A little later, Quercus decided to head off in the direction of his pavilion, and desired both myself and Helissente to accompany him. I was very reluctant to leave him, so agreed; I blame that faerie wine! Helissente was all compliance. I do not know how well that suited Quercus, but it suited me as she was willing to accept almost any suggestion from him or myself as long as she was able to stay with Quercus. For some reason, perhaps pity or deficient taste, Quercus wanted her in his bed as well as myself and, since I did not want to upset him, I restrained my temper and attempted no more spells. The truth is, Quercus was so delightful that I rather forgot Helissente after a while.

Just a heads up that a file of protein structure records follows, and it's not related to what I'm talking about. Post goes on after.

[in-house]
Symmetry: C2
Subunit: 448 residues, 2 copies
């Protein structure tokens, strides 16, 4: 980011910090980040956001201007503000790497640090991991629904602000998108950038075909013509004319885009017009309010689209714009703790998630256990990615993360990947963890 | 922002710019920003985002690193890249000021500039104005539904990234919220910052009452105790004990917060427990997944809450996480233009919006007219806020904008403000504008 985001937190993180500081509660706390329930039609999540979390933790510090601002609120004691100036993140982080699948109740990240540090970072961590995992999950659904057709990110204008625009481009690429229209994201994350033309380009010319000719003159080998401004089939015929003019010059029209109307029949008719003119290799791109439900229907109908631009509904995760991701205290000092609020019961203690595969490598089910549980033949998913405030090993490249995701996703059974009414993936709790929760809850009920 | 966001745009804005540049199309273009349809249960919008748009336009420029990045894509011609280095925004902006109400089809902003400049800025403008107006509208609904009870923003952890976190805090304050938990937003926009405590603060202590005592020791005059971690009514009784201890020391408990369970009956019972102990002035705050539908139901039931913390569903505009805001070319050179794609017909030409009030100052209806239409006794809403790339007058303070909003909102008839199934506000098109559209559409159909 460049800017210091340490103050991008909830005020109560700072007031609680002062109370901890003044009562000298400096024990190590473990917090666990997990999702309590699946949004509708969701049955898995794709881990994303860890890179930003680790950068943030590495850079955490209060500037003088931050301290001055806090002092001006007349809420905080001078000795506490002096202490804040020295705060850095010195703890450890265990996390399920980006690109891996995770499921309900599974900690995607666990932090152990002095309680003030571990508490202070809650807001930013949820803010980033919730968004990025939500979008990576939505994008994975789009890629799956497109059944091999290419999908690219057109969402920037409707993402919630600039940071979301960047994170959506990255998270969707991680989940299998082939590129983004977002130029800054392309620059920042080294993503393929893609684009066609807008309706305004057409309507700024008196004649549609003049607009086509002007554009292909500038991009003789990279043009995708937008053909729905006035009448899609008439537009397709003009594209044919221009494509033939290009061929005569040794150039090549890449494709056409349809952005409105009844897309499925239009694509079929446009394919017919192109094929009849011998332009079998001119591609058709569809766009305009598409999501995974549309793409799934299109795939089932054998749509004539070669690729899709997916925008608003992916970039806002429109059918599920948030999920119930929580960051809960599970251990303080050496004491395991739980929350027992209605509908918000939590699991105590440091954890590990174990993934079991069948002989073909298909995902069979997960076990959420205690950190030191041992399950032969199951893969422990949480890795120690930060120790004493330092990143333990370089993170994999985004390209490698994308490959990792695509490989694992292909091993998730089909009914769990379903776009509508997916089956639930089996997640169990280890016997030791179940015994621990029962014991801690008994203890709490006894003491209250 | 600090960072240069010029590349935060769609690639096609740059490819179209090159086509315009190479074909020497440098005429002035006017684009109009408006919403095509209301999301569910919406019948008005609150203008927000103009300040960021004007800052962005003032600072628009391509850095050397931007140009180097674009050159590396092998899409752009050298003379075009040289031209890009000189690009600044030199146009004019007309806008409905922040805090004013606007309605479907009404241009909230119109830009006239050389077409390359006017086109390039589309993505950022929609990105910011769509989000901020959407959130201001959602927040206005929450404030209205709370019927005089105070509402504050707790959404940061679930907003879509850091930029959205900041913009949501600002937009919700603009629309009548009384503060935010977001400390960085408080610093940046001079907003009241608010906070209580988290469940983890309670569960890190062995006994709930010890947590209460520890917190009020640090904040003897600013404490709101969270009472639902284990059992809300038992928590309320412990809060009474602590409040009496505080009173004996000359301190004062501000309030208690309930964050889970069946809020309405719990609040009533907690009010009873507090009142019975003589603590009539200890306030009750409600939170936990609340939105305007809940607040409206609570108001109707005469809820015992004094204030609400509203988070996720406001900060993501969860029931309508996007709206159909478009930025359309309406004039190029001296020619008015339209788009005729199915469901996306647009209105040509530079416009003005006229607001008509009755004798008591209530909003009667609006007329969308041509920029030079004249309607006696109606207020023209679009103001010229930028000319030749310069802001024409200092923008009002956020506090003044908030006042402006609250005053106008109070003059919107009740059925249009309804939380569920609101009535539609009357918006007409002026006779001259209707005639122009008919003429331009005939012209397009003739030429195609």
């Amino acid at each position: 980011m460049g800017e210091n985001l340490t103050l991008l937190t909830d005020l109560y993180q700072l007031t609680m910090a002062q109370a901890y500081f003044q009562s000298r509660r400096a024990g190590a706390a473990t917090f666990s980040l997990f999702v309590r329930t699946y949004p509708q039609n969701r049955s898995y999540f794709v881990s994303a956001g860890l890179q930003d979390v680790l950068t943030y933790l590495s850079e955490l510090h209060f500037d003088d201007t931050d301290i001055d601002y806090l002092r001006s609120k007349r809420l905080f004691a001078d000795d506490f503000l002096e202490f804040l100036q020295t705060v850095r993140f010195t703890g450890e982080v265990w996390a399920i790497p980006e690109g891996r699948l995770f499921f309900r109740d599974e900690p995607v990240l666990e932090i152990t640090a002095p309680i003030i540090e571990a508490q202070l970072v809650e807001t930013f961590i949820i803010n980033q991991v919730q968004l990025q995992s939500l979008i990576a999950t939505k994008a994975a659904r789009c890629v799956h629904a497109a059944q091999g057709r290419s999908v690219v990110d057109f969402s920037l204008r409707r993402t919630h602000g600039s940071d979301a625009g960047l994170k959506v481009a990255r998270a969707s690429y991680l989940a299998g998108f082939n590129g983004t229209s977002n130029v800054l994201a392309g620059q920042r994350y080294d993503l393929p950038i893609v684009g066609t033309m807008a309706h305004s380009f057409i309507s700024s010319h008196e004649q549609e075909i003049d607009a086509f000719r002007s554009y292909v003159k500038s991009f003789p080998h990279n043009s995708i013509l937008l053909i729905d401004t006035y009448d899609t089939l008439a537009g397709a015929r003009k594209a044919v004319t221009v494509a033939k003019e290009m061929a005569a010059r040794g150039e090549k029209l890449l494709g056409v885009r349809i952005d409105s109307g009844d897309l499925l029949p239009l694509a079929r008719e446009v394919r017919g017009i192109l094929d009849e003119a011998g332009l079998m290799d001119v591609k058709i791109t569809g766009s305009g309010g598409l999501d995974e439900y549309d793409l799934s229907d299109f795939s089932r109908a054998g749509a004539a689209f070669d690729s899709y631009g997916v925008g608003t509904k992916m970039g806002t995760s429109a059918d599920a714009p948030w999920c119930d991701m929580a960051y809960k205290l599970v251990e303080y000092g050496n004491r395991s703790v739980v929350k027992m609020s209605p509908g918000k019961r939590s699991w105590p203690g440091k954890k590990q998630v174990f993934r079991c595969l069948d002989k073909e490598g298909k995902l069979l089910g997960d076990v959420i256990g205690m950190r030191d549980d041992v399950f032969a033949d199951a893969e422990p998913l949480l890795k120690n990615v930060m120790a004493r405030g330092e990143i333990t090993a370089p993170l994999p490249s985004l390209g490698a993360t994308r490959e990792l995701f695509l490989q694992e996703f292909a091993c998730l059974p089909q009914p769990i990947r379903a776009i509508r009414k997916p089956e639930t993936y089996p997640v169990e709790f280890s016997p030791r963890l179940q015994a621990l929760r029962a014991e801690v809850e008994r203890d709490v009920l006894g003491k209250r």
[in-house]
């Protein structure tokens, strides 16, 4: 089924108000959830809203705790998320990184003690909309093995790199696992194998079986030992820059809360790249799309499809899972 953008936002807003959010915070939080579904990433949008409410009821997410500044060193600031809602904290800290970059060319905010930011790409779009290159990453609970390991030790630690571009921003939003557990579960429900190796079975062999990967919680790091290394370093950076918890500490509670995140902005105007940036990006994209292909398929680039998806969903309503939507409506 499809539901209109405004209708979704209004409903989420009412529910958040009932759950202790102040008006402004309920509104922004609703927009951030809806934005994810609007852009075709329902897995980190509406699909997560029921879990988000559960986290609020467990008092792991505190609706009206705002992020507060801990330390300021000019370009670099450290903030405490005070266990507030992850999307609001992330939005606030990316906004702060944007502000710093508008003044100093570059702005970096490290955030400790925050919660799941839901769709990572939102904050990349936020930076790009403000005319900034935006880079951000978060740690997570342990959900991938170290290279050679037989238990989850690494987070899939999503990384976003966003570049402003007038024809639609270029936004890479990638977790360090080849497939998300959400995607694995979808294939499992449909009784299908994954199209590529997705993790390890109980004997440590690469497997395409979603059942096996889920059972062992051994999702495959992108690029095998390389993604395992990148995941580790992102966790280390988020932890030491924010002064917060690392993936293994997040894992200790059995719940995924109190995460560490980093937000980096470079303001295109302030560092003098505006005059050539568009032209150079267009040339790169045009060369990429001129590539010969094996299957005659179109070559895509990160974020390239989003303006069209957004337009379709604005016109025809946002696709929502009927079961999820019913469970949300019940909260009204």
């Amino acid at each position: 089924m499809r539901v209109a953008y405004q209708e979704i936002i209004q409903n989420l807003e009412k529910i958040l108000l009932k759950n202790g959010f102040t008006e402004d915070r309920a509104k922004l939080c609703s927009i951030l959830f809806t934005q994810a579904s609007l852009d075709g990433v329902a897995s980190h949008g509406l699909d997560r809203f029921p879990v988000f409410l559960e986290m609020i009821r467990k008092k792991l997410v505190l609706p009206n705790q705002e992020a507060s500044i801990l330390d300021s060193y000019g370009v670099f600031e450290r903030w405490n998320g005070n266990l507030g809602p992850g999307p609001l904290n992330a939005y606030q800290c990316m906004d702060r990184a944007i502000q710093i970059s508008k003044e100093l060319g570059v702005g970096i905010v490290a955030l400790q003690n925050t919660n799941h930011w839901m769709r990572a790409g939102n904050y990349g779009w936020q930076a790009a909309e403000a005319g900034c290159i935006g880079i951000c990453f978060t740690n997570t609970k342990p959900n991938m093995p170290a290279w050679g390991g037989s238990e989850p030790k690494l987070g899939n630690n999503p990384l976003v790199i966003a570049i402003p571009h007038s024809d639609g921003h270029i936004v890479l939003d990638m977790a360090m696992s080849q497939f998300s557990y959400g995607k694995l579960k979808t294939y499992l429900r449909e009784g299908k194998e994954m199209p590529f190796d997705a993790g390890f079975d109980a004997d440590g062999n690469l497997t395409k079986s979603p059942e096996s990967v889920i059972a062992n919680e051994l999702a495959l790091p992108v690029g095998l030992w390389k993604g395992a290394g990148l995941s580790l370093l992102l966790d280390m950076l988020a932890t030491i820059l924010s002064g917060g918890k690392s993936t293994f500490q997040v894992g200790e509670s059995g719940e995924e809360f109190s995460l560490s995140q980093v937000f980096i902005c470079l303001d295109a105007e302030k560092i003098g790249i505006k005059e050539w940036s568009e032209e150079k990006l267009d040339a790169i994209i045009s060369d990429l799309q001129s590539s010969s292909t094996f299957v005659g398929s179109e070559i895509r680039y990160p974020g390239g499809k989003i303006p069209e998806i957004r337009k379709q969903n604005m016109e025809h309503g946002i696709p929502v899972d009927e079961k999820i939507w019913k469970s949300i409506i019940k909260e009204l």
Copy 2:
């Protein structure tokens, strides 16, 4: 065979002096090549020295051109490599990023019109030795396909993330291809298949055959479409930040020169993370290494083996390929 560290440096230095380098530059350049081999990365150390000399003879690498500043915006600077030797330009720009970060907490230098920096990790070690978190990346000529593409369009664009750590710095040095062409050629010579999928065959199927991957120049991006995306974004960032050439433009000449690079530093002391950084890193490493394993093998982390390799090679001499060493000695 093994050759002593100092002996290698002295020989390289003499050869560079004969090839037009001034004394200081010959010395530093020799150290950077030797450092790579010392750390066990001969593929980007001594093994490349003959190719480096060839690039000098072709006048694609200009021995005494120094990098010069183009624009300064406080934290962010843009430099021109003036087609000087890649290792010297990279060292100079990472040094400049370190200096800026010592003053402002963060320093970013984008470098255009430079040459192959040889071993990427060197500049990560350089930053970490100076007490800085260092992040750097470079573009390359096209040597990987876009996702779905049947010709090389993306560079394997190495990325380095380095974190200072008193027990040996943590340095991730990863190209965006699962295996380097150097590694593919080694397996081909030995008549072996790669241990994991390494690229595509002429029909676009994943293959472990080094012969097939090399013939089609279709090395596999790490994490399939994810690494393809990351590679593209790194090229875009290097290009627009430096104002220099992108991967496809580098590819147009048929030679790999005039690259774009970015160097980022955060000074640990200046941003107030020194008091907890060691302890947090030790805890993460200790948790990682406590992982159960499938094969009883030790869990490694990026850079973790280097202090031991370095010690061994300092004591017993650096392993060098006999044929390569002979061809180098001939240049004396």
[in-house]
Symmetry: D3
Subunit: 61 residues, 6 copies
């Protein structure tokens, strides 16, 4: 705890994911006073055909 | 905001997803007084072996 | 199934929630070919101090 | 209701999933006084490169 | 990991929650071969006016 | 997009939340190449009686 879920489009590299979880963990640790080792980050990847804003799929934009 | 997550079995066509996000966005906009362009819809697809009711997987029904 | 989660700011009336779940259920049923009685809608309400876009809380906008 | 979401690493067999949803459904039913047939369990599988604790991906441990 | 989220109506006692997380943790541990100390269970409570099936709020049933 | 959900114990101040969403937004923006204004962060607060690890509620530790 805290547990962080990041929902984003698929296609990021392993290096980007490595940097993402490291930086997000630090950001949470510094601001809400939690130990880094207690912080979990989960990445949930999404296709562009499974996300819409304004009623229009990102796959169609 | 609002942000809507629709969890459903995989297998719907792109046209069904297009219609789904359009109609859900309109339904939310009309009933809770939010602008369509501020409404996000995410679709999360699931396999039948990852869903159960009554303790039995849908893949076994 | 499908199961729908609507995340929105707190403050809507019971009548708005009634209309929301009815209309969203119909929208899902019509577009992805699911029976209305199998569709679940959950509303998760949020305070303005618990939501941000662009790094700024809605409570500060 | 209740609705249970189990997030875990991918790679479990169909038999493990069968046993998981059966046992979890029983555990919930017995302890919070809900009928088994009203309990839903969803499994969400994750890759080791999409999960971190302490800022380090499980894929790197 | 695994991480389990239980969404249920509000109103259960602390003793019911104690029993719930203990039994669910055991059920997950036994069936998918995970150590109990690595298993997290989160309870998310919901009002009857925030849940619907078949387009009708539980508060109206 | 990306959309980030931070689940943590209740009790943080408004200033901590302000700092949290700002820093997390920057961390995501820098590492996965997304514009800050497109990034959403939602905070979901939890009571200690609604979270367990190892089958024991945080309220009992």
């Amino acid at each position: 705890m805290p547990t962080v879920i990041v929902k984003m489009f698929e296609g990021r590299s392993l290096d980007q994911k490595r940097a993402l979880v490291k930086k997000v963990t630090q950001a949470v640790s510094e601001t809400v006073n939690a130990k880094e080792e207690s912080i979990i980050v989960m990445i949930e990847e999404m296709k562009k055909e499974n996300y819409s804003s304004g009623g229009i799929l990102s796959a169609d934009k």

Early this morning, before the sun was up, Helissente rose and said her good byes before returning to the manor house. I was only to glad to see her go, and enjoyed having Quercus to myself for a few very enjoyable hours more. I even forgot about the need to collect up the dregs of the wine left from last night but our good Jehan did that for me.
I came down from the scriptorium just before dusk to hear that several grogs had been sent off to the peat bogs with a vis detection wand. I was not surprised that two of the woodworkers had gone - since there is very little construction going on at present, they might as well make themselves useful in this way. I was very surprised indeed to be told that Redwald had gone. It seems very odd that Constantine is sure he can manage without him. I gather from Julius that Constantine is rather cross with Redwald about something that happened on the night of the feast, but cannot put together the full story though somehow the troll that guards the bridge was involved. I would ask Constantine myself but he is nowhere to be seen.